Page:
Imagine an idea. Where does it live? Not in your head, but in my pocket. In my bank account. My bank account likes ideas. It’s a sponge for ideas, much like the human brain. A bank account is really just a human brain. In other words, banks are a kind of cognition, and banking is a kind of neuroscience.

When we begin to see the world like this, thought as a kind of banking, so much makes sense. Ideas can “have currency.” Ideas can “circulate.” See what I mean? Thought is just nature’s way of banking. It just took us humans to come along and establish the formal structures we call “banks” to help increase the flow of ideas, to help them circulate. What is money, after all, but latent ideas?

Think of it like this: banks are like aerobics for ideas. Like ideas gone jogging. Who in the room jogs? Good, most of you. Jogging increases your heart rate, improves your circulation, hones your body. Well, banks do the same for your mind.

But banking isn’t just one body, it’s an interconnected body. A network of bodies, except the bodies store money, that is to say, ideas. It’s a whole banking system—a network of networks, circulating money-slash-ideas through all of society, through every culture like a giant brain. It’s the best brain we’ve yet invented, really, and it’s getting even better all the time.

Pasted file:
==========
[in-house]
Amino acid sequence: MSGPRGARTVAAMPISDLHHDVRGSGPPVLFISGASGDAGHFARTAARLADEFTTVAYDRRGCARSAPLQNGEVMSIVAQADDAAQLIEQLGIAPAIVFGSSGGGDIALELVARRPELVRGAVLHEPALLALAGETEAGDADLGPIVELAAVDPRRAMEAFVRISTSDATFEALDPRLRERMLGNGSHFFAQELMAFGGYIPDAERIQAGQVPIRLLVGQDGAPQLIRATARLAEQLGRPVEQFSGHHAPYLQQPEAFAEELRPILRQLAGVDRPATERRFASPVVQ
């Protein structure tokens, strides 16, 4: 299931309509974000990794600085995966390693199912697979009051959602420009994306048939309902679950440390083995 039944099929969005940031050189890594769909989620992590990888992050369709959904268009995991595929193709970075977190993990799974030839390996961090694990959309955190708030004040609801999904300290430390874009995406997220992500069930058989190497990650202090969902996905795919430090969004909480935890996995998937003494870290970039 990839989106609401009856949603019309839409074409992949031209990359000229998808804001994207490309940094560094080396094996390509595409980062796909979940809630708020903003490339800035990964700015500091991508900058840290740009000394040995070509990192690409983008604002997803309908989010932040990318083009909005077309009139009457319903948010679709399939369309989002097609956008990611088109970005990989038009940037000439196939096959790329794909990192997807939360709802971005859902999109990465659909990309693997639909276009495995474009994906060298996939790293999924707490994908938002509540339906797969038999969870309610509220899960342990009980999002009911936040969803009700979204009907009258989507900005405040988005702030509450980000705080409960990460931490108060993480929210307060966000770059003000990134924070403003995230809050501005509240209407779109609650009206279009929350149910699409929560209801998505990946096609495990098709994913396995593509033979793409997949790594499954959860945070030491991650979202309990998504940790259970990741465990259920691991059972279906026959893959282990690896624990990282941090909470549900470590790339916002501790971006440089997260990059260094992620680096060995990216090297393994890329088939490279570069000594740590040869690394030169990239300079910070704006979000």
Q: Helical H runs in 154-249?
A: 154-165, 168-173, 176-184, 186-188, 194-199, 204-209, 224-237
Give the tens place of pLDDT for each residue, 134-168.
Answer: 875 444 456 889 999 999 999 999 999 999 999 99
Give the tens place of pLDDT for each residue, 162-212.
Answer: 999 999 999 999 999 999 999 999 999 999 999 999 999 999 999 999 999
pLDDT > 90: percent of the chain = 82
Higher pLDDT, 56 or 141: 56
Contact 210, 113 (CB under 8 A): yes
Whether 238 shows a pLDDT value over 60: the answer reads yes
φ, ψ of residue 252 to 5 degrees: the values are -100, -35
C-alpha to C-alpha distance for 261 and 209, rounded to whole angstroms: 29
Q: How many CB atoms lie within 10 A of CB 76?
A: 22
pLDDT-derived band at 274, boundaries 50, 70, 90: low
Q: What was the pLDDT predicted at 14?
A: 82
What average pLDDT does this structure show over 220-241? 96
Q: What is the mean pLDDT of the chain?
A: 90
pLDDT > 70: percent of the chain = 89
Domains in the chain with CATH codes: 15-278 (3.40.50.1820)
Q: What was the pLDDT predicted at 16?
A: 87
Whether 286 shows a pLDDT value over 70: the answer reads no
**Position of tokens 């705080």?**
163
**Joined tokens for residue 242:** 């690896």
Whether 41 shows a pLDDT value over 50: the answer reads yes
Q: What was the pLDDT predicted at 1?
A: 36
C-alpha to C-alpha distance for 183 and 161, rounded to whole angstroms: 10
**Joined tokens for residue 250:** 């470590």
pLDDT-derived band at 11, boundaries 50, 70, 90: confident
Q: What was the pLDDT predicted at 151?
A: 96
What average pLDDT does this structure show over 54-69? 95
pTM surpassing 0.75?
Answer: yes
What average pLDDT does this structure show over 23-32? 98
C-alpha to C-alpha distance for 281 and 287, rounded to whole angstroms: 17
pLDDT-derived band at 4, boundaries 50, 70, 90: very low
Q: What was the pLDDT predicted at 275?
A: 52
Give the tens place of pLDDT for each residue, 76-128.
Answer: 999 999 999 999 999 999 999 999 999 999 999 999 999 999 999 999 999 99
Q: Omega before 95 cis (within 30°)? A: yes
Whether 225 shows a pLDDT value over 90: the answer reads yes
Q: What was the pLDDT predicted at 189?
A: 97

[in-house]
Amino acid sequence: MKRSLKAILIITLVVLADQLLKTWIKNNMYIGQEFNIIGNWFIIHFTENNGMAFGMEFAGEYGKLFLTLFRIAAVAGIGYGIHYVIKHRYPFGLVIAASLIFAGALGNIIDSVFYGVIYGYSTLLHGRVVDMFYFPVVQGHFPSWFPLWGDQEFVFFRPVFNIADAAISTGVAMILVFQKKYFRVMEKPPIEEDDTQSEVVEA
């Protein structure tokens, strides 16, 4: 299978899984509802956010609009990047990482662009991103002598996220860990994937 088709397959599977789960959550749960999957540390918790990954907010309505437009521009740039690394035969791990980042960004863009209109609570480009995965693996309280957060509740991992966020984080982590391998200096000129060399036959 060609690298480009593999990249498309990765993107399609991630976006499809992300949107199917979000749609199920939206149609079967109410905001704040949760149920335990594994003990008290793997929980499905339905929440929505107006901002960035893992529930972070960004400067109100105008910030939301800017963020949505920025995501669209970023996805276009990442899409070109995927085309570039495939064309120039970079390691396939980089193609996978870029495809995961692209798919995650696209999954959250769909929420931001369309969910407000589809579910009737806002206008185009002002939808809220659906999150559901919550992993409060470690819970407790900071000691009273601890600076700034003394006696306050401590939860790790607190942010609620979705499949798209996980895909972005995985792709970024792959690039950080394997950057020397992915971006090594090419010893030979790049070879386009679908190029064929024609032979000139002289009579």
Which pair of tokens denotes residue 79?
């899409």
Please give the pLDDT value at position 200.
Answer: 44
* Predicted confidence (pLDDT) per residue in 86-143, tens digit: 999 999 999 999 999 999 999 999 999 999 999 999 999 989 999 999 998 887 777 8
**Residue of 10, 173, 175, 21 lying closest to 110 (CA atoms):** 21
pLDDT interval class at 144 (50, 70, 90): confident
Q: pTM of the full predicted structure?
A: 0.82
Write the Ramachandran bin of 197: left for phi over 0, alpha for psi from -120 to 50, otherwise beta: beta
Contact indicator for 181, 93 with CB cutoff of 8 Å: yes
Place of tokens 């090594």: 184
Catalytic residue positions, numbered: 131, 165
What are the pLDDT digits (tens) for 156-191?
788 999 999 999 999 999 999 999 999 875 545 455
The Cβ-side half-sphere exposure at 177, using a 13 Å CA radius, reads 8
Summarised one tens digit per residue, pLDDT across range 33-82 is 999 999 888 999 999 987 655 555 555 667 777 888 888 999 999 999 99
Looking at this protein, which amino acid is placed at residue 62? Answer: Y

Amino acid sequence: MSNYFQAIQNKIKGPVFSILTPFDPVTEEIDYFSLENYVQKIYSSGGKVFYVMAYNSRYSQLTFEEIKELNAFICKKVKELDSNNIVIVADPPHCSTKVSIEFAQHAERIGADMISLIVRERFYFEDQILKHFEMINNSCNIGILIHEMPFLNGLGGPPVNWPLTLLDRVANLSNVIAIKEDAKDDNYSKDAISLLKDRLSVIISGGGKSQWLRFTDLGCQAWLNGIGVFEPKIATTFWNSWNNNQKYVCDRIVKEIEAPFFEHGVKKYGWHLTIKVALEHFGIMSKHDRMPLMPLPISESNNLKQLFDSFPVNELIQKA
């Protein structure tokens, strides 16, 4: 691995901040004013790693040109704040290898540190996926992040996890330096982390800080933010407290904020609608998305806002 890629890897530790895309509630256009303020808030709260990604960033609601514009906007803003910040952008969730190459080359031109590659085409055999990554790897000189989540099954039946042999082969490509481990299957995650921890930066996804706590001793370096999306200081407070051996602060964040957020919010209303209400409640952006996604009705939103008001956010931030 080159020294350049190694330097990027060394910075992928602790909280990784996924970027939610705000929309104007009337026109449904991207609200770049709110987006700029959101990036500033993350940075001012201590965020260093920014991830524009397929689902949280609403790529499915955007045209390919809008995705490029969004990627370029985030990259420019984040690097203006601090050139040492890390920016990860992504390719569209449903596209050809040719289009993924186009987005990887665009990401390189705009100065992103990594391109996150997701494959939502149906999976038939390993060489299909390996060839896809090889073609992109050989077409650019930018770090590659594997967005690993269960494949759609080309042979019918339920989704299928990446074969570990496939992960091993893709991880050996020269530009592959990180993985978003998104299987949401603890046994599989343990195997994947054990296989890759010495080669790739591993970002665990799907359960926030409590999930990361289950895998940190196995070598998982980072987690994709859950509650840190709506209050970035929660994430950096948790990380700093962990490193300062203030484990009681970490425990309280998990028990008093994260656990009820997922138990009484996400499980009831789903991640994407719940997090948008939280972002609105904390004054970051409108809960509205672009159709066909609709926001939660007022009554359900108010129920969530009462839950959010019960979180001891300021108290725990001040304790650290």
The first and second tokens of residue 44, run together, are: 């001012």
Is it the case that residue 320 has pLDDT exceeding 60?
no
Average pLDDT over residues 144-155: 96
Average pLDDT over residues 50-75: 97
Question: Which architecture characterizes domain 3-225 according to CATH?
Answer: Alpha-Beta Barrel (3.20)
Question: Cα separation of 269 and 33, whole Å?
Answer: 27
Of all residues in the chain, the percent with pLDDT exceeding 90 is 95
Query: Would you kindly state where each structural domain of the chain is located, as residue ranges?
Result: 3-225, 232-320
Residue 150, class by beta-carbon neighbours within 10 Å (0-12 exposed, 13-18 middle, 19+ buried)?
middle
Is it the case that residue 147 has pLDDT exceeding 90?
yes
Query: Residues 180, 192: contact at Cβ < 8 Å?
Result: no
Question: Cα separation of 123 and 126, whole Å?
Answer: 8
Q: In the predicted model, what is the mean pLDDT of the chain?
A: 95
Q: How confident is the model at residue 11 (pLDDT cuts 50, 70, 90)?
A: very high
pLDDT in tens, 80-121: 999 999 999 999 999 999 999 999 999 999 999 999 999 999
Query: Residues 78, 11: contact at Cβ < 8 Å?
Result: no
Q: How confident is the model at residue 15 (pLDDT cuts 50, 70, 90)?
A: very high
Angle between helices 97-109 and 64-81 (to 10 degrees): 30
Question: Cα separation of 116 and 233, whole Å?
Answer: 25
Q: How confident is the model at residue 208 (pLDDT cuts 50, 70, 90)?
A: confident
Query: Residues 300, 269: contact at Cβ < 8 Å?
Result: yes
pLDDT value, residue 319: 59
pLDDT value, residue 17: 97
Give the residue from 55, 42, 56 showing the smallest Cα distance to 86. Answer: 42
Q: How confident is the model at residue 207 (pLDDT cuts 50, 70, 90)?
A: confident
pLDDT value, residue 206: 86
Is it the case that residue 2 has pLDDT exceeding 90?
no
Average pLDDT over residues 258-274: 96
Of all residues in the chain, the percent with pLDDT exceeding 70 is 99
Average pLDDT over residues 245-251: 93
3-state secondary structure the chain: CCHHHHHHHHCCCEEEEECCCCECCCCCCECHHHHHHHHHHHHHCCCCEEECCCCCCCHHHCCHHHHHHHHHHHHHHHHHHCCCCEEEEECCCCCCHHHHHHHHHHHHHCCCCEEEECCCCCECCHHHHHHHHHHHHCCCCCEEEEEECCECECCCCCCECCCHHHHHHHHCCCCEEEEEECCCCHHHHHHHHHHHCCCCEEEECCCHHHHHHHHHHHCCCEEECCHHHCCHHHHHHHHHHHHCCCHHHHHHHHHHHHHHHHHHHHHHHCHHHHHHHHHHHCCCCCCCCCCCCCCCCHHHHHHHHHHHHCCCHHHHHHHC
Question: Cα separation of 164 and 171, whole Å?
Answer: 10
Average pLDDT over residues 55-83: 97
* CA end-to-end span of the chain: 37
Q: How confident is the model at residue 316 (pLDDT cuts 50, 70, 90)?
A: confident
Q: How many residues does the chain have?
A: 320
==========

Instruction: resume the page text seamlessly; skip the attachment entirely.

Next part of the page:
The world is ready for this. You are ready for this: when you think, it’s the same as spending, or earning, or even using credit. Our banks and our minds are one, and the best banks are going to be the best minds.

There’s a lot of talk about corporations these days. Corporations are people, or corporations are evil—whew! it’s a lot to process. I’m going to be honest with you, I used to worry about this a lot. But then I started thinking about it differently: what makes a person or a cat or a dolphin alive? A brain, of course. Thought. Well, when you realize that banks are really not that different from brains, and that corporations are really just a special kind of bank that accidentally produces products or services, then you realize—wow!—how much longer can I ignore these beautiful creatures?